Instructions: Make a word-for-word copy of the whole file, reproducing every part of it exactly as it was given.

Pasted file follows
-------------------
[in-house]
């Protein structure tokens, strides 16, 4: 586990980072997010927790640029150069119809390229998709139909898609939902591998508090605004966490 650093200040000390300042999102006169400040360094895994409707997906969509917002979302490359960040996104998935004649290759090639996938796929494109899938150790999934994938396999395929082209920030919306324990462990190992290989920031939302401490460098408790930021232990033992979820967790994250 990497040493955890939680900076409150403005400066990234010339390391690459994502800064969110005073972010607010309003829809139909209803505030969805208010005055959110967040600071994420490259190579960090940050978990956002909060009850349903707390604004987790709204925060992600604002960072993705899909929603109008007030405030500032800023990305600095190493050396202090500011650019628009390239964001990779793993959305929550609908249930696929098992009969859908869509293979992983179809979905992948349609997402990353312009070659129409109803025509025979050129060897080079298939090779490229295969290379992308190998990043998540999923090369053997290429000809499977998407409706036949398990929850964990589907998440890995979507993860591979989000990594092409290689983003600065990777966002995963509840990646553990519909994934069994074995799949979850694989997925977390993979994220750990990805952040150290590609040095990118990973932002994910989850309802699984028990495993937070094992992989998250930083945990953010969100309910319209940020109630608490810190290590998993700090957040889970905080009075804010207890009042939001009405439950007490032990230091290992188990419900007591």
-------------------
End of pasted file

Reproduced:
[in-house]
């Protein structure tokens, strides 16, 4: 586990980072997010927790640029150069119809390229998709139909898609939902591998508090605004966490 650093200040000390300042999102006169400040360094895994409707997906969509917002979302490359960040996104998935004649290759090639996938796929494109899938150790999934994938396999395929082209920030919306324990462990190992290989920031939302401490460098408790930021232990033992979820967790994250 990497040493955890939680900076409150403005400066990234010339390391690459994502800064969110005073972010607010309003829809139909209803505030969805208010005055959110967040600071994420490259190579960090940050978990956002909060009850349903707390604004987790709204925060992600604002960072993705899909929603109008007030405030500032800023990305600095190493050396202090500011650019628009390239964001990779793993959305929550609908249930696929098992009969859908869509293979992983179809979905992948349609997402990353312009070659129409109803025509025979050129060897080079298939090779490229295969290379992308190998990043998540999923090369053997290429000809499977998407409706036949398990929850964990589907998440890995979507993860591979989000990594092409290689983003600065990777966002995963509840990646553990519909994934069994074995799949979850694989997925977390993979994220750990990805952040150290590609040095990118990973932002994910989850309802699984028990495993937070094992992989998250930083945990953010969100309910319209940020109630608490810190290590998993700090957040889970905080009075804010207890009042939001009405439950007490032990230091290992188990419900007591």